The friends structure field is an option field, i.e. the field can either contain a list of friends or nothing (None). If you want to use the content of the field, you usually have to distinguish whether the field is occupied or not. Help match:

  1 2 3 4 5 6 7 8 9 10 11 12 13 14  fn main() { // Peter has no friends let peter = Person { name: "Peter", friends: None, }; println!("{:?}", peter); let peter_has_friends = &peter.friends; //this needs to be borrowed because peter.friends is needed later on match peter_has_friends { Some(_) => println!("{} has friends.", peter.name), None => {}, } } 

In the event that friends contains data, Peter has friends is output, otherwise nothing happens.

The same thing can be achieved more compactly by replacing the match block with if let:

 1 2 3  if let Some(_peter_has_friends) = peter.friends { println!("{} has friends!", peter.name); } 

Both variants lead to the same result. In this case, however, there are no friends. If the option field is occupied for a person, there is also an output:

  1 2 3 4 5 6 7 8 9 10 11 12 13 14 15 16 17 18  fn main() { // Mary has friends let mary = Person { name: "Mary", friends: Some(vec!["Paul", "Jerry"]), }; println!("{:?}", mary); let mary_has_friends = &mary.friends; //this needs to be borrowed because mary.friends is needed later on match mary_has_friends { Some(_) => println!("{} has friends.", mary.name), None => {}, } // Instead of the match block "if let" is a shorter alternative if let Some(_mary_has_friends) = &mary.friends { println!("{} has friends!", mary.name); } } 

Here, too, the use of if let is more compact, although I personally find that the match block gives a clearer understanding of what is being done here.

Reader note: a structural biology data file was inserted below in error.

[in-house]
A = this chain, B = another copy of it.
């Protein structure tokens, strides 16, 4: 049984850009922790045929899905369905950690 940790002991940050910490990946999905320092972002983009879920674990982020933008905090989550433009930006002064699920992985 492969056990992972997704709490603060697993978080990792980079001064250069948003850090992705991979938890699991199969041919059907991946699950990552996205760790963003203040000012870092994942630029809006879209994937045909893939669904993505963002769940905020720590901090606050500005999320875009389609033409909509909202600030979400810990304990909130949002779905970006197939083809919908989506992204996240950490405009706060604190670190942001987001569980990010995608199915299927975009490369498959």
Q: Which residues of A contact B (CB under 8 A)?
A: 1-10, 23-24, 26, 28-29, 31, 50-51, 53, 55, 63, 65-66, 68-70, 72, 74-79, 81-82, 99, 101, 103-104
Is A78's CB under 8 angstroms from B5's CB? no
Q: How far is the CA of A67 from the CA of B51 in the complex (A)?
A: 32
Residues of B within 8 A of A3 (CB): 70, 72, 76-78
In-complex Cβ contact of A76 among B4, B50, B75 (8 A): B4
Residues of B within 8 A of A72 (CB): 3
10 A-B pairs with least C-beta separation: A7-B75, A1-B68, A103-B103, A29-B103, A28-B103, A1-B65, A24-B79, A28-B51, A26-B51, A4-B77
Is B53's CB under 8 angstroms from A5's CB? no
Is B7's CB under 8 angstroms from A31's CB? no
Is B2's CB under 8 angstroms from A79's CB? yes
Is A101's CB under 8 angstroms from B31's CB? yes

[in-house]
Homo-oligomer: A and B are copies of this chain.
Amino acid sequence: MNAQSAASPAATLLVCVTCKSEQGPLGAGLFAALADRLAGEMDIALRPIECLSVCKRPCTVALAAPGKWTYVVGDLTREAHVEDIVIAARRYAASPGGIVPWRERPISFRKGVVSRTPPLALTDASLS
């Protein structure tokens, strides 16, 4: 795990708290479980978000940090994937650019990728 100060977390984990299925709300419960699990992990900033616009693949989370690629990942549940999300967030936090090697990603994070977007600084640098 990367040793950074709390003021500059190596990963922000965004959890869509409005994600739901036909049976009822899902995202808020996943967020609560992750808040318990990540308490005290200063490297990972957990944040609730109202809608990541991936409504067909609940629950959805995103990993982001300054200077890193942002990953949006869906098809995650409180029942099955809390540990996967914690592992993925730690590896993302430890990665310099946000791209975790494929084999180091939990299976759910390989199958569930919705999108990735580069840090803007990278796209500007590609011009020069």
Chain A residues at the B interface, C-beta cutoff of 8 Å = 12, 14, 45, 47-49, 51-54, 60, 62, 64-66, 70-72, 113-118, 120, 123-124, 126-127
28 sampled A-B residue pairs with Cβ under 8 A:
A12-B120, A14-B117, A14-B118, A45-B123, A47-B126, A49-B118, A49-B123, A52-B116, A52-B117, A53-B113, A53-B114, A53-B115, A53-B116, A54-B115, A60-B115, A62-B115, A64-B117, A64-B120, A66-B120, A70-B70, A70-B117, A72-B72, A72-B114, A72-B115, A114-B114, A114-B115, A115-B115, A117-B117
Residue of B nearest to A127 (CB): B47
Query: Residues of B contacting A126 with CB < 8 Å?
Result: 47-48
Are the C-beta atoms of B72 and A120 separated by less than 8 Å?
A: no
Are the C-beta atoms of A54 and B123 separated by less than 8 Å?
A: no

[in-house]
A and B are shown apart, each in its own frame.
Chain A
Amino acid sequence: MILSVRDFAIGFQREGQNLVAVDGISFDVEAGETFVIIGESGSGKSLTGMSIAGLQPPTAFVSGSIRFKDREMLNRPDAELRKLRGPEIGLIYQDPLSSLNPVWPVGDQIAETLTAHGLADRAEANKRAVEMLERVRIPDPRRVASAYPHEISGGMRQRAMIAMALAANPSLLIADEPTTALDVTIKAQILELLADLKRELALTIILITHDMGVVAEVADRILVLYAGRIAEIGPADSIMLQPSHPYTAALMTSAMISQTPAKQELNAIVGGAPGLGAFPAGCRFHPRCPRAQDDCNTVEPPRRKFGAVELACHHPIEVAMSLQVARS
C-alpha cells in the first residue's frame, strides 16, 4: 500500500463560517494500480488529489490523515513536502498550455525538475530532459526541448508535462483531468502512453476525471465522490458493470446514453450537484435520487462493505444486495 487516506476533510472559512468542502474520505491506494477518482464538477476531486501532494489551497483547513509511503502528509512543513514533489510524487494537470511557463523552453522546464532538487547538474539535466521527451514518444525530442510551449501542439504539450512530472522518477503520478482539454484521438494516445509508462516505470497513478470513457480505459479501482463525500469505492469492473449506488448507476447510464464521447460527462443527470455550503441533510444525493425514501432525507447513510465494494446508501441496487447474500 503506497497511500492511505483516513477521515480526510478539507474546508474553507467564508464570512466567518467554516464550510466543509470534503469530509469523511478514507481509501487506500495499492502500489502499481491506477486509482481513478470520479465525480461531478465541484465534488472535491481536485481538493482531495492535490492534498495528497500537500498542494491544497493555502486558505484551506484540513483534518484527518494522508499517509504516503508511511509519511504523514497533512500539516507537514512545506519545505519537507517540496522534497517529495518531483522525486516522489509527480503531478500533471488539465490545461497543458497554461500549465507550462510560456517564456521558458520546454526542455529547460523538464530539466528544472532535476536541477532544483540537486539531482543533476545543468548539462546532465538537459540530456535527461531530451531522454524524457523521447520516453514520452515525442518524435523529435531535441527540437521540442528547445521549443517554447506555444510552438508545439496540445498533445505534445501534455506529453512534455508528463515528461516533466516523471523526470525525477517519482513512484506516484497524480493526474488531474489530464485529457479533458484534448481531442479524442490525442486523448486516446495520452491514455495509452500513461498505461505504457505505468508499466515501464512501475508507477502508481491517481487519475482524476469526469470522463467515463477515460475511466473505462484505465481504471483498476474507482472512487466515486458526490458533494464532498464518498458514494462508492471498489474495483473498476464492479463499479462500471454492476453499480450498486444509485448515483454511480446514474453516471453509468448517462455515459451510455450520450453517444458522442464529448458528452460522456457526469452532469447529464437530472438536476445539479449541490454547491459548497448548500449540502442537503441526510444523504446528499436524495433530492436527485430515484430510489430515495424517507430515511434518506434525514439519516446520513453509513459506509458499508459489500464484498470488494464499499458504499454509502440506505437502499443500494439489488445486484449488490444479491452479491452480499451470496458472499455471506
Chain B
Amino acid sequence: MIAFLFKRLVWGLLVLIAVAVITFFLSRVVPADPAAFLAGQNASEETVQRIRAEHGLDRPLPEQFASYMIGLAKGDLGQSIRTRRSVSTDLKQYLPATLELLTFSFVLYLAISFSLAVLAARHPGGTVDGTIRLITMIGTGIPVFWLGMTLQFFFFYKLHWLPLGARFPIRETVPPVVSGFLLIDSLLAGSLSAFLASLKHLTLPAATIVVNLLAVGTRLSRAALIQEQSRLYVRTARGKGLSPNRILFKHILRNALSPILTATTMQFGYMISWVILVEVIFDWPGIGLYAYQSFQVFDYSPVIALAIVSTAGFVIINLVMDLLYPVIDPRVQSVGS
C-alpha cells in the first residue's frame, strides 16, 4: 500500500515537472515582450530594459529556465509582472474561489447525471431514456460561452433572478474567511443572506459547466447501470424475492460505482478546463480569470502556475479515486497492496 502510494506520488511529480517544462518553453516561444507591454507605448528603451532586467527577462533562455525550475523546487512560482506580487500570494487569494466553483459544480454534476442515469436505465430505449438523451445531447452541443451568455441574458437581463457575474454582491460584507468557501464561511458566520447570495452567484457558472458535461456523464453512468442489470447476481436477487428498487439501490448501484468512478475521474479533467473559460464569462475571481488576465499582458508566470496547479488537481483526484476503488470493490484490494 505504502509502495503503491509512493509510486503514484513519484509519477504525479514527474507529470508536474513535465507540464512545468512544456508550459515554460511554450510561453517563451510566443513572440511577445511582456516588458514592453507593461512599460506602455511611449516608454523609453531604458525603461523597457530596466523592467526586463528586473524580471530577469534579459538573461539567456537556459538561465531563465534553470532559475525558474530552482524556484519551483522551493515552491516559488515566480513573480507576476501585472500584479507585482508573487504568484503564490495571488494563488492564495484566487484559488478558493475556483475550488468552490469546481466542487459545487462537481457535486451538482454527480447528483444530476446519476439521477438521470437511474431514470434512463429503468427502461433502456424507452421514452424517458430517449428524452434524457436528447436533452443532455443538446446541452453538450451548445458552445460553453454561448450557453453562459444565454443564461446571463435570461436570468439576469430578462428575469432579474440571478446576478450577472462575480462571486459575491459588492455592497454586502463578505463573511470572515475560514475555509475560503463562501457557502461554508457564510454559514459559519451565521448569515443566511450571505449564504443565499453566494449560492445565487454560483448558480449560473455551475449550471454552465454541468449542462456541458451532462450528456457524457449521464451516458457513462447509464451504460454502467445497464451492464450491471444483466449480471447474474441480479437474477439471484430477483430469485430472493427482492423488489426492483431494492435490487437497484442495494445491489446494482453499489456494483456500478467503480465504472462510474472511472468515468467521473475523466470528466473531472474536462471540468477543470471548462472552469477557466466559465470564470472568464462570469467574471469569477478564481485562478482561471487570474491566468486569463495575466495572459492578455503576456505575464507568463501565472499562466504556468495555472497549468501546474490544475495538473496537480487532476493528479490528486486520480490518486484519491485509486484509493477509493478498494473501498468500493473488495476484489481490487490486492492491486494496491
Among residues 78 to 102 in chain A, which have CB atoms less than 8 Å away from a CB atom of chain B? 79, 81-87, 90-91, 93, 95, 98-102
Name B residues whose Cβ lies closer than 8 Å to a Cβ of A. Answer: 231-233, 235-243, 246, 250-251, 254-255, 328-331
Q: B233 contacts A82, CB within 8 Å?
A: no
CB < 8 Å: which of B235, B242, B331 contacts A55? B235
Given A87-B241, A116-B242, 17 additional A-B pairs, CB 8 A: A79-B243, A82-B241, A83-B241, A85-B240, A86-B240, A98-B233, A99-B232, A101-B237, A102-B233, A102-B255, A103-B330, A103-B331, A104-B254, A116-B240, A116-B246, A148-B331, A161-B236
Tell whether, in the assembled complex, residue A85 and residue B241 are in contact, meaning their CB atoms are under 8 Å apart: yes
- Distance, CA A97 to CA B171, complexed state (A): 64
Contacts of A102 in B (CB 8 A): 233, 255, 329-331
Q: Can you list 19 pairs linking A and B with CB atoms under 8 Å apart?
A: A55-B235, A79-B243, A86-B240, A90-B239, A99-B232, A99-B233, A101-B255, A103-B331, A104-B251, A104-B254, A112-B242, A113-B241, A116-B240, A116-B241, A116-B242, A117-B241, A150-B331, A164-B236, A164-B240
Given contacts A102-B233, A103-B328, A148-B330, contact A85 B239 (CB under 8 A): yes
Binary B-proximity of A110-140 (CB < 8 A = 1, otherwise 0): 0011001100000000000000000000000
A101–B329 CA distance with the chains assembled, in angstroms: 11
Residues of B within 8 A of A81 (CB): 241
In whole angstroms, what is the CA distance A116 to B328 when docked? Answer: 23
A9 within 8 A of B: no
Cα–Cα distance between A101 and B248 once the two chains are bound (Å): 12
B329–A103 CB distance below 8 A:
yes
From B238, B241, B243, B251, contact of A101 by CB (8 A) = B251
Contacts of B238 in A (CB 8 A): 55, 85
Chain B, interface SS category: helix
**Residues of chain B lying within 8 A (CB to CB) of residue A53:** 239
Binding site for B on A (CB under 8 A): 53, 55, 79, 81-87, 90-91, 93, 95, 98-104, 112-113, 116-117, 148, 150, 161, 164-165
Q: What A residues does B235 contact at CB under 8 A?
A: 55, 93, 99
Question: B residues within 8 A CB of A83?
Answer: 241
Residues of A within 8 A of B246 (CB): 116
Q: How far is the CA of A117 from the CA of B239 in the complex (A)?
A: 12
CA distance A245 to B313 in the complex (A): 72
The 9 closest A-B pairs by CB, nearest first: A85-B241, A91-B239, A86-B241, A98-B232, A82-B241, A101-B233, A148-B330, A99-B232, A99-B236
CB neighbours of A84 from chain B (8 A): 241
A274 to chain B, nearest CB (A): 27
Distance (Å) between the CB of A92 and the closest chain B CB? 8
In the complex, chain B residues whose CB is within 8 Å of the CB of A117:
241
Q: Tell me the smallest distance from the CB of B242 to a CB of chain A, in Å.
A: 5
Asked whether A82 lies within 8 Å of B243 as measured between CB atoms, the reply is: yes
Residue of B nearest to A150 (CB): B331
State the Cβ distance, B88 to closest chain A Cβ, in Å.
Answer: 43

Referencing and changing data

Let’s say we want to change a friend in the example above. In this case the friends list must be mutable / changeable:

  1 2 3 4 5 6 7 8 9 10 11 12 13 14 15 16 17  ... // Let'try max let mut max = Person::new("Max", vec![]); max.add_friends("Bobby"); max.add_friends("Batman"); println!("{:?}", max); if let Some(has_friends) = max.friends.as_mut() { has_friends[1] = "Superman"; println!("{} has friends: {:?}", max.name, has_friends); } // This could also be written like this: if let Some(mut has_friends) = max.friends { has_friends[1] = "Batgirl"; println!("{} has friends: {:?}", max.name, has_friends); } ... 

By using the as_mut () method, our friend list is passed to had_friends as mutable and we can change the 2nd element. But if we do that, another problem arises. has_friends becomes the new owner of the friends list. That means, if we want to access max.friends, the compiler reports an error:

 1 2  ... println!("{} has friends: {:?}", max.name, max.friends); 

Error message:

  1 2 3 4 5 6 7 8 9 10 11 12 13 14  error[E0382]: borrow of moved value: max.friends --> src/main.rs:77:48 | 73 | if let Some(mut has_friends) = max.friends { | --------------- value moved here ... 77 | println!("{} has friends: {:?}", max.name, max.friends); | ^^^^^^^^^^^ value borrowed here after move | = note: move occurs because value has type std::vec::Vec<&str>, which does not implement the Copy trait help: borrow this field in the pattern to avoid moving max.friends.0 | 73 | if let Some(ref mut has_friends) = max.friends { | ^^^ 

The compiler tells us that the max_friends content has been moved to has_friends. The compiler also states that the Vector copy trait will not be implemented. At the same time, the compiler suggests part of the solution. We have to lend max.friends to has_friends.